Introduction to User Data
Instance user data is used to run commands when an EC2 instance is first started or after it is rebooted (with some configuration). Because this script is typically used to install software and configure the instance, this can be an excellent source of information for us as attackers. After gaining access to an EC2 instance you should immediately grab the user data script to gain information on the environment.
Although it should not be done, credentials/secrets often end up being stored in user data. From the AWS docs, "Although you can only access instance metadata and user data from within the instance itself, the data is not protected by authentication or cryptographic methods. Anyone who has direct access to the instance, and potentially any software running on the instance, can view its metadata. Therefore, you should not store sensitive data, such as passwords or long-lived encryption keys, as user data."
How to Access EC2 User Data
User data can be accessed at
http://169.254.169.254/latest/user-data/ from the EC2 instance.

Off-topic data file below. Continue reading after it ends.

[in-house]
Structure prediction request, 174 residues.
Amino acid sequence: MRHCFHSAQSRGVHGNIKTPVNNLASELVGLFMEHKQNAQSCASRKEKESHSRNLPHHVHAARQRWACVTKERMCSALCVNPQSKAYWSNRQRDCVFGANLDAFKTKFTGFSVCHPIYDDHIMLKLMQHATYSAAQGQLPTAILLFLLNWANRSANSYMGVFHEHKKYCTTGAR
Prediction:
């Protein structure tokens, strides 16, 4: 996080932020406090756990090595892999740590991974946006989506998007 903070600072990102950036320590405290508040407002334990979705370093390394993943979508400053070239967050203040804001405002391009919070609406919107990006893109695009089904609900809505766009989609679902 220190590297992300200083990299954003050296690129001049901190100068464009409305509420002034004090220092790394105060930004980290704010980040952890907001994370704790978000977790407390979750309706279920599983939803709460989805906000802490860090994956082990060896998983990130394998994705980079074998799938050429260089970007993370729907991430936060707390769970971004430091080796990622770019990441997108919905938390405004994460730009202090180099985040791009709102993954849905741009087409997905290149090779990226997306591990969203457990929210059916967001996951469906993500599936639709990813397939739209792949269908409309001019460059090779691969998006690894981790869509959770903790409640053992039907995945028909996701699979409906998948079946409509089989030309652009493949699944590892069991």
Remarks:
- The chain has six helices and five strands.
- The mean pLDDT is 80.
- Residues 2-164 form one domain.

Version two of the metadata service has added protections against SSRF and requires the user to create and use a token. You can access it via the following.
user@host:~$ TOKEN=`curl -X PUT "http://169.254.169.254/latest/api/token" -H "X-aws-ec2-metadata-token-ttl-seconds: 21600"` user@host:~$ curl -H "X-aws-ec2-metadata-token: $TOKEN" -v http://169.254.169.254/latest/user-data/
Another option to gather user data is via the API. If you escalate privileges in an account, or simply compromise a user/role with sufficient permissions, you can query the AWS API to view the user data of specific EC2 instances. This requires you to know the instance-id of the target EC2 instance. To query the user data we will use the describe-instance-attribute action. The result will be base64 encoded.
user@host:~$ aws ec2 describe-instance-attribute --instance-id i-abc123... --attribute userData